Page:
Last summer I made time (read: skipped sleep) to participate in another Clarity of Night Short Fiction Contest hosted by Jason Evans (which, by the way, is a lot of fun for writers at every level). I’ve since taken my flash piece Solarrivum and rewritten it as a complete short story, which is now in its final stages of editing and actually kinda pleases me (which in turn makes me suspicious that it still needs drastic work). Soon I’ll begin the joy of submissions; I have my eye on a couple speculative fiction/slipstream journals. Speaking of which, feel free to join me sending good vibes for the speedy revival of GUD Magazine.
In January I started my latest fiction-in-progress, a story set in a Twilight-Zone-worthy cityscape. I have the basic structure and cast, and I’ve sketched the main character to get a sense for his needs. For this story I’d like to write a few cutthroat characters, so among my winter reading is Glengarry Glen Ross by David Mamet – an excellent choice I recommend to anyone seeking good examples of strong character voices.
Rot, Mud & Other Good Dirt
2011 left me with almost no time for garden and forest romping (as evidenced by a severe lack of blogging here at Brainripples). While I did get out into the wilderness for occasional recess, I didn’t even plant my cold frames last spring. That’s about to change. Greens, radishes, onions, and carrots are my usual pre-spring starters in the ground, and I’ll need to get a jump on corn and squash in the cold frames for transplanting to the hills once the warm weather returns in May/June. With any luck I will also find the time (and the necessary bandwidth) to blog from the garden in 2012.
Speaking of nature blogging, The Festival of the Trees has sprouted adventitious roots in the rich loam of the home blog. No longer a roving blog carnival, the Festival of the Trees accepts all tree, forest, and wood related submissions for consideration at treeblogging.com. Poet/Editor/Brainiac-at-Large Dave Bonta is diligently keeping the Festival alive, and he’s found some really cool stuff in recent weeks. Case in point: Goths up trees. Nuff said. (No, one more thing – if you want to see another cool project of Dave’s, check out Qarrtsiluni literary journal where he and Beth Adams are Managing Editors).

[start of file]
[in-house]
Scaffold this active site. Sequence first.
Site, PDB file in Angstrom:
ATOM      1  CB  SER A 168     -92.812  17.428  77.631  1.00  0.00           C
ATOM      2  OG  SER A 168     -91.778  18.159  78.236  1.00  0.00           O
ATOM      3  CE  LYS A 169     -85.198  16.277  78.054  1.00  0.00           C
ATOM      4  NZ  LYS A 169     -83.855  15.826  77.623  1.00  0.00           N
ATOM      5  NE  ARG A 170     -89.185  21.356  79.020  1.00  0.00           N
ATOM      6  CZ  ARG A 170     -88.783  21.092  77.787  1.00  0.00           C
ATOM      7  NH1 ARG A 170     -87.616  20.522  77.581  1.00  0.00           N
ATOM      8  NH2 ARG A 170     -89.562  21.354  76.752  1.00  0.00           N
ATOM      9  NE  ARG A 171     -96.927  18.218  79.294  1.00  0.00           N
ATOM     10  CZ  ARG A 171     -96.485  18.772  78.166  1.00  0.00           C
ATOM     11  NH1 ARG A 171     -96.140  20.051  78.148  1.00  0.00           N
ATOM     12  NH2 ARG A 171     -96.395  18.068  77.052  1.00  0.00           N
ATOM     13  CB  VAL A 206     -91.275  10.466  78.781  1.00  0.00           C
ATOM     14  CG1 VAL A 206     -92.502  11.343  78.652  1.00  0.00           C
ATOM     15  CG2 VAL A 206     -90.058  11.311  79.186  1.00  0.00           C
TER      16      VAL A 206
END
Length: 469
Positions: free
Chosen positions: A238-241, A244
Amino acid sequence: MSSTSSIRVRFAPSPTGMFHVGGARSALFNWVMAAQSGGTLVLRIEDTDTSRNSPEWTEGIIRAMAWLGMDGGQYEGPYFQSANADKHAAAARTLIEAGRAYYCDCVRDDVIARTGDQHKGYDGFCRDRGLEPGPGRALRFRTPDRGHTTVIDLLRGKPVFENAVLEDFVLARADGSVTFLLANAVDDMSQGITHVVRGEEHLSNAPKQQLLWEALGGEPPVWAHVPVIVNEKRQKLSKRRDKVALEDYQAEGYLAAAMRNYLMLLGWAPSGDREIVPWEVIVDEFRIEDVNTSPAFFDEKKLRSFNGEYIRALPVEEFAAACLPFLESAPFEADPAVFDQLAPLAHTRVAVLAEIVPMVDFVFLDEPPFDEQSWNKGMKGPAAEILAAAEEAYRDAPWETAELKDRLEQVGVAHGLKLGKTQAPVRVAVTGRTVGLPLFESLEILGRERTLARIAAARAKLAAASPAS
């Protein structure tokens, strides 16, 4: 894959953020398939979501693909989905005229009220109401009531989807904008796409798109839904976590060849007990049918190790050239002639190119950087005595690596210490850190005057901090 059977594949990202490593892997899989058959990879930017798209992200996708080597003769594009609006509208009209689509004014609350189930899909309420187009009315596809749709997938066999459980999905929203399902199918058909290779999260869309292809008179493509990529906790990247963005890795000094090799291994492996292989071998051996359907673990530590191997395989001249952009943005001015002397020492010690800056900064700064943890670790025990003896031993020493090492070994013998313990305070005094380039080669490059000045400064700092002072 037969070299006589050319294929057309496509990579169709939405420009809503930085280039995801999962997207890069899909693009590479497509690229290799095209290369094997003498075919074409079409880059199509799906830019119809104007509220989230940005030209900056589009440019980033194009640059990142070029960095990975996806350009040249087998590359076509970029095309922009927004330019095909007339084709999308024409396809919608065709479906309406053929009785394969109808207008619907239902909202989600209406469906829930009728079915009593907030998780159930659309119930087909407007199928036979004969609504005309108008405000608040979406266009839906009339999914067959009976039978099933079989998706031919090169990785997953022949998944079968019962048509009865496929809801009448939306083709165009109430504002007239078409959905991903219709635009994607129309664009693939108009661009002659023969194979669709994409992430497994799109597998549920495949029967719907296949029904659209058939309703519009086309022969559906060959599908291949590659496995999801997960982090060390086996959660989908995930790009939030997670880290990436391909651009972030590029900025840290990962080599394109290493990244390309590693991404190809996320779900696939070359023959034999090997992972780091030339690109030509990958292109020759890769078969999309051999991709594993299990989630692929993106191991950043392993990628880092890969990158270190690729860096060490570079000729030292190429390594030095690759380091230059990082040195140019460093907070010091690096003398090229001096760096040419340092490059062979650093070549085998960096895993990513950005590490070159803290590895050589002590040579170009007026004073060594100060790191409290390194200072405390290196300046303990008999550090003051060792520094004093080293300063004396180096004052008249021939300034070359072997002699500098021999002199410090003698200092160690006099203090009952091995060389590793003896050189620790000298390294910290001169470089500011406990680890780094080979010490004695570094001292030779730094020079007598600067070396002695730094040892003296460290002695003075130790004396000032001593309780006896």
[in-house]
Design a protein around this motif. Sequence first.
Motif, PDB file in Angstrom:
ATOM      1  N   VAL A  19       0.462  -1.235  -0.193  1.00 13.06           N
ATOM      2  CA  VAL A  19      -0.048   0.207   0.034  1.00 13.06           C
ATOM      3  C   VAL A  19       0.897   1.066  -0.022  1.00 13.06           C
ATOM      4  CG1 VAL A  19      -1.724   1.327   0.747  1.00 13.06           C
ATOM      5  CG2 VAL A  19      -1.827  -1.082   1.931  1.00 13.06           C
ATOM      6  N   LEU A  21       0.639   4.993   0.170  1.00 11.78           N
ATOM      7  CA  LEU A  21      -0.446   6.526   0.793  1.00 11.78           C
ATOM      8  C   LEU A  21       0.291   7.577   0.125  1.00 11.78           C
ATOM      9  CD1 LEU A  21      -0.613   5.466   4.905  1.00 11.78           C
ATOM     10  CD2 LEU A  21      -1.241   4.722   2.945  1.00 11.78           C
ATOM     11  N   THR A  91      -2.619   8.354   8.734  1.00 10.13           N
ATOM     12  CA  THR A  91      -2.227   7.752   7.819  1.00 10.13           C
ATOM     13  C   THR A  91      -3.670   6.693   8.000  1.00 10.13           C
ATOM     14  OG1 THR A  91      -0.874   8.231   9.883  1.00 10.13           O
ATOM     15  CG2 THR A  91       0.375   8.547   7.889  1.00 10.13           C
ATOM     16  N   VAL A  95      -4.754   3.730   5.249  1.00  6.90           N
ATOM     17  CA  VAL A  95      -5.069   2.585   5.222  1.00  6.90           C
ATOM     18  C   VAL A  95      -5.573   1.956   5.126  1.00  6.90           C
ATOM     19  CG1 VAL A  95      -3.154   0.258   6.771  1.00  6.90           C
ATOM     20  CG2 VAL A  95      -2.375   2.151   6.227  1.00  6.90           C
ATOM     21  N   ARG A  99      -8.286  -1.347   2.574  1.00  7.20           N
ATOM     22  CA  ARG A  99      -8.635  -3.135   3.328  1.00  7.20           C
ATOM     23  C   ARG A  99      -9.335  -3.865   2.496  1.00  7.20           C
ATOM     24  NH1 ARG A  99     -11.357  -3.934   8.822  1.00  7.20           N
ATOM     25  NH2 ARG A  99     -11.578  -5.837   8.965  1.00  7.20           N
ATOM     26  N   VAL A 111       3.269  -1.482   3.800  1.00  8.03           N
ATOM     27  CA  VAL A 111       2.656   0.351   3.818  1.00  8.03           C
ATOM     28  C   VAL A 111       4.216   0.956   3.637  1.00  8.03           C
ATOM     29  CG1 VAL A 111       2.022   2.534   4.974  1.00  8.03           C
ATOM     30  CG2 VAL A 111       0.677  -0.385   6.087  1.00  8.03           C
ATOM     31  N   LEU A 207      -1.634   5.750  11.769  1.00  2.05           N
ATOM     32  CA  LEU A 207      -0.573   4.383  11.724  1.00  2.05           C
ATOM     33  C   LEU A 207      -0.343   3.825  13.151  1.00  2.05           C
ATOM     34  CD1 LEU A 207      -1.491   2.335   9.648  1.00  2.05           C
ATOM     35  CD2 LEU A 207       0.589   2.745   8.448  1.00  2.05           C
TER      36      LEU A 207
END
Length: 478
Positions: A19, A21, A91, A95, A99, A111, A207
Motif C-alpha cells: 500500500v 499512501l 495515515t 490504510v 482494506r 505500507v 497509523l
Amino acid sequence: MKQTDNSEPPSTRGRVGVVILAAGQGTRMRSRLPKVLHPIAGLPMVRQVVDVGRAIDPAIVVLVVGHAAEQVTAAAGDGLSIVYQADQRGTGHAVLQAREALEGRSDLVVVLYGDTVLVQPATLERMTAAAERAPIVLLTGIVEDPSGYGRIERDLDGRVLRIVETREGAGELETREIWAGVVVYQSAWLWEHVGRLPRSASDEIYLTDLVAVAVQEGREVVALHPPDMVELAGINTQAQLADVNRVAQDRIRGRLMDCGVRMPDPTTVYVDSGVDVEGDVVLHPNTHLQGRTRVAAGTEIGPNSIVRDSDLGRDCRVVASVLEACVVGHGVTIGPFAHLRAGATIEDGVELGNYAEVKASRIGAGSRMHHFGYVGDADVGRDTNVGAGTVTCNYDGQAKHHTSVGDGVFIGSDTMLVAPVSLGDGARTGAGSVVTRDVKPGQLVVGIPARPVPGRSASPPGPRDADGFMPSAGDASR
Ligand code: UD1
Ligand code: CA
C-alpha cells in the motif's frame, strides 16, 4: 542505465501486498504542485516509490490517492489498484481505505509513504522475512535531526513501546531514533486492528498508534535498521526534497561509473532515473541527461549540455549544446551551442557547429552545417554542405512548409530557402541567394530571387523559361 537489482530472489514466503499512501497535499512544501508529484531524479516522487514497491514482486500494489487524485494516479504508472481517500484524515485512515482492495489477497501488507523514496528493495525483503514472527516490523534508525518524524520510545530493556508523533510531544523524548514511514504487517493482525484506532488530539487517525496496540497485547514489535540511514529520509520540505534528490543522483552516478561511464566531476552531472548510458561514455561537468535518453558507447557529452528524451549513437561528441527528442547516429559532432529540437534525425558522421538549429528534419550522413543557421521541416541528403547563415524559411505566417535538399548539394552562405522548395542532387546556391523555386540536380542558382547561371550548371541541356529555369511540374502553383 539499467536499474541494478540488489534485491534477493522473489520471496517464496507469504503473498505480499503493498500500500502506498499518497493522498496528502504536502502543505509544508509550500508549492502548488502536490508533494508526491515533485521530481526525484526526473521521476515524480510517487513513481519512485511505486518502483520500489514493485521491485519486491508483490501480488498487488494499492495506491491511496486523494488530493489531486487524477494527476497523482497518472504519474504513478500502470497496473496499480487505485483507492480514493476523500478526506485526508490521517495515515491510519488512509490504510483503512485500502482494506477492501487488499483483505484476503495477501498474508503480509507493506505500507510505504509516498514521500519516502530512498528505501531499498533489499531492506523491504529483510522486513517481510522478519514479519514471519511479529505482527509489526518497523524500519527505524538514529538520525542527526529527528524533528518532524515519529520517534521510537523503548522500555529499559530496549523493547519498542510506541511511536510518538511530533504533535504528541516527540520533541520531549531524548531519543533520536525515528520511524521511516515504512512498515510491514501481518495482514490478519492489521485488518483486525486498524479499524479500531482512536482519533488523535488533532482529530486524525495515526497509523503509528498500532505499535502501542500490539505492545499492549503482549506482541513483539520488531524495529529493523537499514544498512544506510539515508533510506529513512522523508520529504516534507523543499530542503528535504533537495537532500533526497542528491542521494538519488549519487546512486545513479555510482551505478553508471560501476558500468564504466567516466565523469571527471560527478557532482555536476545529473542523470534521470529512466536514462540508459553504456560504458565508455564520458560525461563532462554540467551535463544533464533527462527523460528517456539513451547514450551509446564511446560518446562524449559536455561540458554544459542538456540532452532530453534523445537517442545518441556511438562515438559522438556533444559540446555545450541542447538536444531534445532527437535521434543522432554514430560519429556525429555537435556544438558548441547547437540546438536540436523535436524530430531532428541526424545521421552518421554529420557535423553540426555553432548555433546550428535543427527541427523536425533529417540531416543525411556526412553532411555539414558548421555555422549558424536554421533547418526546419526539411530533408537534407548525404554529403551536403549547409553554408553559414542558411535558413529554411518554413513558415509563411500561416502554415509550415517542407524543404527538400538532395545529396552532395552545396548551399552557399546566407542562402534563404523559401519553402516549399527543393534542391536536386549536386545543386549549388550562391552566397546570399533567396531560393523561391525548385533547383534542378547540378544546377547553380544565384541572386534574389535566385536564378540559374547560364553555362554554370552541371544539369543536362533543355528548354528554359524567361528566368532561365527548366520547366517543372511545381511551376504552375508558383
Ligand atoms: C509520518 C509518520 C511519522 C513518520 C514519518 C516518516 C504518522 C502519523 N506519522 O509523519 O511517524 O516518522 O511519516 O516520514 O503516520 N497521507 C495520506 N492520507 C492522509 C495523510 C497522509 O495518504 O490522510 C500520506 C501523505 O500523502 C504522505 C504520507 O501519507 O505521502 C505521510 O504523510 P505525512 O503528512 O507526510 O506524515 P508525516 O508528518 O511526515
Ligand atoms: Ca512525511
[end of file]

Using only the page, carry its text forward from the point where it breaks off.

Which brings us to other good dirt. The compost pile I started moving in 2010 never made a complete relocation, but I did plenty of relocating to make up for it. After a busy 2010 I started 2011 renting the upstairs of a farmhouse in Hobart, where I stayed for six months to be closer to Seattle work. Making time to care for my health continues to be a priority, and I seem to be relearning how good health enables good writing (somehow the rhythm of writing hypnotizes and the mind can forget the needs of the body, like when I continue writing even though I had to pee some 90 minutes ago). It may seem as if an unwavering diet of persistence and sleep deprivation is a recipe for great writing, but to take that path the writer must gamble finished work against impending burnout, and these days I aim for finished work as often as possible (a habit I attribute to the sound recommendations of Seattle storyteller Anita Marie Moscoso). Finished work requires persistence and steady pacing, even if sleep deprivation is still on the docket.
Recently I read an older article in the Guardian about Philip Roth, yet another accomplished author of whose work I have not read enough. Among the best ideas I gathered from the article are Roth’s habits of writing while standing at a lectern (I’ve considered this for months now but have yet to try), and walking one-half mile for every page he writes. This winter I think I’ll count “bring in and stack the wood” in lieu of my half-mile, although if I apply that math retroactively to my current WIPs I’d have to say, there’s a lot of wood to bring in yet (especially if I want to get ahead of the next good snow storm).
Wanna help me shape my spring reading list? Share what’s good on your bookshelf this season, or tell me where I can read/view your latest work.
Here’s to a most excellent 2012 for all!
TreeStory is an independent film project directed by Ward Serrill with a simple, meaningful goal: to unite different people around the common experience of tree stories.